4. In a medium mixing bowl, combine all grated cheese and reserve 1/2 cup.

  5. In a small mixing bowl, combine ½ cup grated cheese, breadcrumbs, 1/2 teaspoon sea salt, 1/2 teaspoon black pepper and 2 tablespoons olive oil; set aside.

  6. Remove Rustic Pie Dough from refrigerator to rest until softened, about 3 to 5 minutes. Sprinkle flour all over the counter and smooth over your rolling pin, I prefer a flat rolling pin compared to a rounded French style. Roll dough evenly into similar dimensions of the sheet pan, about ¼-inch thickness or a bit less. Move dough around as you roll and sprinkle flour as needed to prevent the dough from sticking. Trim the dough to match the rectangular shape with an additional 1-inch border, for a finished look. Or skip the trimming step for a more rustic approach. To transfer, loosely roll the dough onto the rolling pin and unroll over the sheet pan.

  7. Sprinkle remaining cheese all over pastry in an even layer, leaving a 1-inch border. Arrange tomatoes with minimal overlap all over cheese, also leaving a 1 inch border of pastry. Roll edges inward and crimp pastry edges.

  8. Place tomato tart in fridge to chill for 10 to 15 minutes.

  9. Place mounds of breadcrumb mixture over the tomatoes, especially covering the crust. You can spread breadcrumb mixture all over, but I like to keep most of the tomatoes uncovered since they are so beautiful. Place sheet pan directly on Baking Steel and bake until pastry is golden brown, approximately 40 to 45 minutes.

  10. Optional: Make egg wash, egg lightly beaten with 1 tablespoon water. Brush crust with egg wash just before baking.

  11. Carefully transfer to a cooling rack.

  12. Drizzle 1 tablespoon olive oil all over tart, sprinkle with basil and flaky sea salt. Serve at room temperature.

Heirloom Tomato, Nectarine and Arugula Salad with Grapefruit Vinaigrette by Judy Kim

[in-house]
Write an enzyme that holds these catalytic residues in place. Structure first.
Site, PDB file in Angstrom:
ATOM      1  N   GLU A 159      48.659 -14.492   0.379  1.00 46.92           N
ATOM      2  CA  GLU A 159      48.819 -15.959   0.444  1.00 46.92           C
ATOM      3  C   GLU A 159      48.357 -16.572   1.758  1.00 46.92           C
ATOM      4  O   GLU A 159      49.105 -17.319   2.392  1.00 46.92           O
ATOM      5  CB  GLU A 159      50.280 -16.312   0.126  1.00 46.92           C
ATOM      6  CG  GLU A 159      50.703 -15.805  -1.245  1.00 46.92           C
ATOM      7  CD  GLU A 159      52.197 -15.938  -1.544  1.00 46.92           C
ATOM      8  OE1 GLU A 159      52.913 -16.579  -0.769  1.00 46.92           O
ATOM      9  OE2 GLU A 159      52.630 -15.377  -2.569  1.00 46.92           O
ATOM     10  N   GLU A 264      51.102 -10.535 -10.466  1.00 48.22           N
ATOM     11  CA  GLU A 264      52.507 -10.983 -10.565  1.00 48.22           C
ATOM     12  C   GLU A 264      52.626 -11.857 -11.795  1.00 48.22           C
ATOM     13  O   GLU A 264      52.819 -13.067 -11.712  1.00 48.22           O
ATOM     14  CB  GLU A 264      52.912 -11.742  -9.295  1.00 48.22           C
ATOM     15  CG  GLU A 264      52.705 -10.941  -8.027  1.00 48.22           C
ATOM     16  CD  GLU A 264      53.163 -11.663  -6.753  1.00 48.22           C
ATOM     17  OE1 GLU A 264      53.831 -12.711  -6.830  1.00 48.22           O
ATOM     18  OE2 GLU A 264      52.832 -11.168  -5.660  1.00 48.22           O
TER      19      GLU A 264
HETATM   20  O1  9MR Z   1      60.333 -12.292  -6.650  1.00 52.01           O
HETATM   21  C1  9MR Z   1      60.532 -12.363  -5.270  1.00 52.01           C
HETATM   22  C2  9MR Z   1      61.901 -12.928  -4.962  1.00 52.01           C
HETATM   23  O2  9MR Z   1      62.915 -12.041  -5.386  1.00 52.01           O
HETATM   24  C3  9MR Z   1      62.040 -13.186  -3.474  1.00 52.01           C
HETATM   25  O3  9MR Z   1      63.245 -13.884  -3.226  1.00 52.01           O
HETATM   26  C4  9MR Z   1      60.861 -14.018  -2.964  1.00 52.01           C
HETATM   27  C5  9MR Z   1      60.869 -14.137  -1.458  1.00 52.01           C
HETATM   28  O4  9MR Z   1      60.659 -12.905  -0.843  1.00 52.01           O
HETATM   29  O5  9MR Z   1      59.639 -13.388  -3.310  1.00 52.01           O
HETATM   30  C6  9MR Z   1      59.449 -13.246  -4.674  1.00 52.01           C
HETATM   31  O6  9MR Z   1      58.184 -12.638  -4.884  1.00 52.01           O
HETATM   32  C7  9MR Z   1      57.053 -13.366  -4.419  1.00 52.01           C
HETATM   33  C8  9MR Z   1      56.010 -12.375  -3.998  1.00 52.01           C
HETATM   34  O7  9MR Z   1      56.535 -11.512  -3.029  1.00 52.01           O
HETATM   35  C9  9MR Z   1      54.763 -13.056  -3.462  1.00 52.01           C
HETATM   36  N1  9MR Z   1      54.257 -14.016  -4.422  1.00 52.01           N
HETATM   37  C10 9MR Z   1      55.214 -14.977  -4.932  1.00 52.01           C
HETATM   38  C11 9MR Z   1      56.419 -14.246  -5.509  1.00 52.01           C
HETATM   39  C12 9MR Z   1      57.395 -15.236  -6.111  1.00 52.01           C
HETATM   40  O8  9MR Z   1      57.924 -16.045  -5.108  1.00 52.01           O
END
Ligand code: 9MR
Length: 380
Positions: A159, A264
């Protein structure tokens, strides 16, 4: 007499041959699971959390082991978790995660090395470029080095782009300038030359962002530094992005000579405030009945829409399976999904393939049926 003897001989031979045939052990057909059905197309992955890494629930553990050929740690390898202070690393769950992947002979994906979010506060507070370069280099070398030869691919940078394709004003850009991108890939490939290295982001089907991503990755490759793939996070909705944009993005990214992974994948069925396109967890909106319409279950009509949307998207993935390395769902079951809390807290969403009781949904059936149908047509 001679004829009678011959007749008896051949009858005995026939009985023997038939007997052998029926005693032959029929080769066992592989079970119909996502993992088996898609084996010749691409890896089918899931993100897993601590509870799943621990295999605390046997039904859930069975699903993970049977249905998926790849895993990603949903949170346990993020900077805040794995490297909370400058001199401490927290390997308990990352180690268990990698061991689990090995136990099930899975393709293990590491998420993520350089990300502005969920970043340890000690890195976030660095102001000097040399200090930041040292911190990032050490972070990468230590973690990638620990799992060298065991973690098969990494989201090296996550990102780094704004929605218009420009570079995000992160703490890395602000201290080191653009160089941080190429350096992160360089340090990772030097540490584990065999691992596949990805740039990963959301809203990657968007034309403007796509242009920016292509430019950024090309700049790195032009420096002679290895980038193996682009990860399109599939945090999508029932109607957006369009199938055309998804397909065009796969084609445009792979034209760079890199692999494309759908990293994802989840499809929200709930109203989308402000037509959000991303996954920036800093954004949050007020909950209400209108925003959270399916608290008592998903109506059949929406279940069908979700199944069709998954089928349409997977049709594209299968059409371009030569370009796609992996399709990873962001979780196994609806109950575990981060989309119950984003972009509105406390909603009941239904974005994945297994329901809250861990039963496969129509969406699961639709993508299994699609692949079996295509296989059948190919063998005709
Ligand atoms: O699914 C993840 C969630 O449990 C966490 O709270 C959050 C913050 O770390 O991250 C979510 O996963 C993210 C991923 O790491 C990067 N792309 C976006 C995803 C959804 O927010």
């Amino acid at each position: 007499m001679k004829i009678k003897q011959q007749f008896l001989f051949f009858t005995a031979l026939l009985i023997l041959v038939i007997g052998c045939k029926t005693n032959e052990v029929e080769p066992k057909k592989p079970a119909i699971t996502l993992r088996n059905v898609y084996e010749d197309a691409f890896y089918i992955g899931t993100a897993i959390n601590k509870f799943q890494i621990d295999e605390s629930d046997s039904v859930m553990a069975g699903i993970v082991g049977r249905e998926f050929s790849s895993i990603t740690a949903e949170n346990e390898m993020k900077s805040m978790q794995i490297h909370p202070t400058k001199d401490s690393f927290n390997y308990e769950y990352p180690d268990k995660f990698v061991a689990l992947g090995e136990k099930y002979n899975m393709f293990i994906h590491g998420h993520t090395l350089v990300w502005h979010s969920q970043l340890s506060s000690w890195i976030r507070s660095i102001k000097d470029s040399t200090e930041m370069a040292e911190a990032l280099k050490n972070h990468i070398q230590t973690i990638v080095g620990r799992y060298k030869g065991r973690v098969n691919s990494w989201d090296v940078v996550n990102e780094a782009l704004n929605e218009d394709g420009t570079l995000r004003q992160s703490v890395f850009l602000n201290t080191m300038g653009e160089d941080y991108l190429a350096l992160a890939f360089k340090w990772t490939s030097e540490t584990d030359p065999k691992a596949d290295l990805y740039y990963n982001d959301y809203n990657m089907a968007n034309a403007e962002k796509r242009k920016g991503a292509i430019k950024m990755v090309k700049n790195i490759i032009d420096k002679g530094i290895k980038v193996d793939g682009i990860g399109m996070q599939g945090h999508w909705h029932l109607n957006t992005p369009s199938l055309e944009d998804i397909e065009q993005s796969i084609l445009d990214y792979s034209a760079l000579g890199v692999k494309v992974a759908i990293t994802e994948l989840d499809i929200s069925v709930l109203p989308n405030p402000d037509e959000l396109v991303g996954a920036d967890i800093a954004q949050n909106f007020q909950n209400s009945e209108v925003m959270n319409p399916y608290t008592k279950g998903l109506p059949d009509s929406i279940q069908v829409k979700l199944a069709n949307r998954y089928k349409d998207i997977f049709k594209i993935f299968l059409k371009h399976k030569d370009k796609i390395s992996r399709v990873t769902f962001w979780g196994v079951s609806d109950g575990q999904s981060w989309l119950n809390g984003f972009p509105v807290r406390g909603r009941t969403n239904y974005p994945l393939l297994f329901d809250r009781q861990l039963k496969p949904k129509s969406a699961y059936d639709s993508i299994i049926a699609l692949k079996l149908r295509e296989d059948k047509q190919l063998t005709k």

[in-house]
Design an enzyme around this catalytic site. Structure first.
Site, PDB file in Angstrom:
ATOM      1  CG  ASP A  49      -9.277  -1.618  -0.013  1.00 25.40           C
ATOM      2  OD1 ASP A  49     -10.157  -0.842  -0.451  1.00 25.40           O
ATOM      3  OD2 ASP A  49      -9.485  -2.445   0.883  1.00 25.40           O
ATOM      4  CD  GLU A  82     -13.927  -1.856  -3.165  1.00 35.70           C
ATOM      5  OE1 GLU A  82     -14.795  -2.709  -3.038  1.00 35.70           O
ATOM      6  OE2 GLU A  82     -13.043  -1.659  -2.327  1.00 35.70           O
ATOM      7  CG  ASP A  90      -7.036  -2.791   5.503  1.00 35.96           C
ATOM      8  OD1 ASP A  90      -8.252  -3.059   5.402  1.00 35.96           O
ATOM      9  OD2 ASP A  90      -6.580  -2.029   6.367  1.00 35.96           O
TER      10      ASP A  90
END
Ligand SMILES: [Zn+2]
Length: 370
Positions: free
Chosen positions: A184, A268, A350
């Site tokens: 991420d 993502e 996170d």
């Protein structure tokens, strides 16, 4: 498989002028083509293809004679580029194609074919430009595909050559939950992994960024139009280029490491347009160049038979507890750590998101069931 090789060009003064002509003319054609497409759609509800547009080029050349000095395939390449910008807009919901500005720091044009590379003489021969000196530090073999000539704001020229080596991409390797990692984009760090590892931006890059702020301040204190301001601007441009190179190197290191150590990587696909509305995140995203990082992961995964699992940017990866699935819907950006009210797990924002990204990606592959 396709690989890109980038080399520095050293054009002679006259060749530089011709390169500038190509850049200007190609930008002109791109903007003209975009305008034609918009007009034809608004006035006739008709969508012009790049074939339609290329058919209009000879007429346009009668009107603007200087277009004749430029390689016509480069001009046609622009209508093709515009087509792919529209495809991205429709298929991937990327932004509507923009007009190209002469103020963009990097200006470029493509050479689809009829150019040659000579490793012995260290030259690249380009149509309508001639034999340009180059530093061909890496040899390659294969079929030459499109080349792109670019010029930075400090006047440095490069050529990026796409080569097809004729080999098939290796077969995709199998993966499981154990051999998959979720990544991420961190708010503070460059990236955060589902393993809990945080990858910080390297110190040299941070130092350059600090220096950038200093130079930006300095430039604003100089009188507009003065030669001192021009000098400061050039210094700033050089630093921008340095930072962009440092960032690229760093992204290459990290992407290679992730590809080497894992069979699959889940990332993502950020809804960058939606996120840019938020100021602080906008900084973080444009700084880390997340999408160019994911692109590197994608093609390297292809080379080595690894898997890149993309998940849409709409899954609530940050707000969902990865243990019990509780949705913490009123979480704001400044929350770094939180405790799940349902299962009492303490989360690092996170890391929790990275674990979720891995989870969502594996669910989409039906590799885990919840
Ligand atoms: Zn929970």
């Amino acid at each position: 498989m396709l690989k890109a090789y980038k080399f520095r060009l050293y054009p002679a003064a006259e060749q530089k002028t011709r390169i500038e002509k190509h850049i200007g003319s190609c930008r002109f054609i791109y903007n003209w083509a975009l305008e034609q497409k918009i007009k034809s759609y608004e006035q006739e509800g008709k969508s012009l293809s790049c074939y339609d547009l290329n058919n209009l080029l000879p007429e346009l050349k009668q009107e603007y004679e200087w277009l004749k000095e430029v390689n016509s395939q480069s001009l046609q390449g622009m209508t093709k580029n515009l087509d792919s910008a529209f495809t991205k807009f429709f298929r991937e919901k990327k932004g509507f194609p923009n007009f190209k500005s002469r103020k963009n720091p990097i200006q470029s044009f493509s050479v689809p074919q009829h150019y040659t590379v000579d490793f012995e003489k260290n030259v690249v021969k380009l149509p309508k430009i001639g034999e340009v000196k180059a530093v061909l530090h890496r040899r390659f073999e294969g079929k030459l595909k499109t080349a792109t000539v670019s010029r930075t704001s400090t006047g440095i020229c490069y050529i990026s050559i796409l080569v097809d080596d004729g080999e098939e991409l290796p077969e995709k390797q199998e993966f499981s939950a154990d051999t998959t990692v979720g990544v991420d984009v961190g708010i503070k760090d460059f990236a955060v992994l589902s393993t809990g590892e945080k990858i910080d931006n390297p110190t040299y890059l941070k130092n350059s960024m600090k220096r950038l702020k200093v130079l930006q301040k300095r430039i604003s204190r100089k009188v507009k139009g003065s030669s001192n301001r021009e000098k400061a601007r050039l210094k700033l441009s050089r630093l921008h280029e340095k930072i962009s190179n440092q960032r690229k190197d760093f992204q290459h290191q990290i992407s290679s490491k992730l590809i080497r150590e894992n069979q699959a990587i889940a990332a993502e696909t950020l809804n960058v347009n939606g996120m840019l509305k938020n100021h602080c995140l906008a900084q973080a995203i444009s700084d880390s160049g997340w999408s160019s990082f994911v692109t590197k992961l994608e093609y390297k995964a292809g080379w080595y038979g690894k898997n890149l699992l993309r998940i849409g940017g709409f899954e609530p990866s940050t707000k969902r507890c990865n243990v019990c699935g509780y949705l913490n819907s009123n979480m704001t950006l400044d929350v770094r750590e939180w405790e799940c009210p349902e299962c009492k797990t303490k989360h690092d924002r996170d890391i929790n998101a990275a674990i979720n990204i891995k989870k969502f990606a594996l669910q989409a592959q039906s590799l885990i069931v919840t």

by Judy Kim


Heirloom Tomato, Nectarine and Arugula Salad with Grapefruit Vinaigrette

Yield: 4 servings

This is more of an assembly of ingredients than a recipe, which is exactly how I like to cook in the Summer. It's easy to pull together especially after a run to the Union Square Greenmarket, the largest farmers market in NYC. There's always so much to choose from, but I wanted to keep this salad simple. I like to marinate the tomatoes in the beginning to give them a garlicky touch. Letting them sit for 5 minutes or longer helps minimize the raw garlic flavor. Using a fine micro grater helps in that department too. (Grating is my favorite discovery, plus its faster than mincing!) Regardless the vinegar and nectarines will balance it out with just a touch of sweetness.  If you don't have a specialty vinegar use balsamic vinegar, it will still be delicious!

You could add some burrata to this to make this a light lunch with a crusty loaf of bread and salted butter.  A glass of rosé would be nice too.

INGREDIENTS

1 pound mix of heirloom and green tomatoes, in various shapes and sizes

1 garlic clove, grated on microplane

Flaky sea salt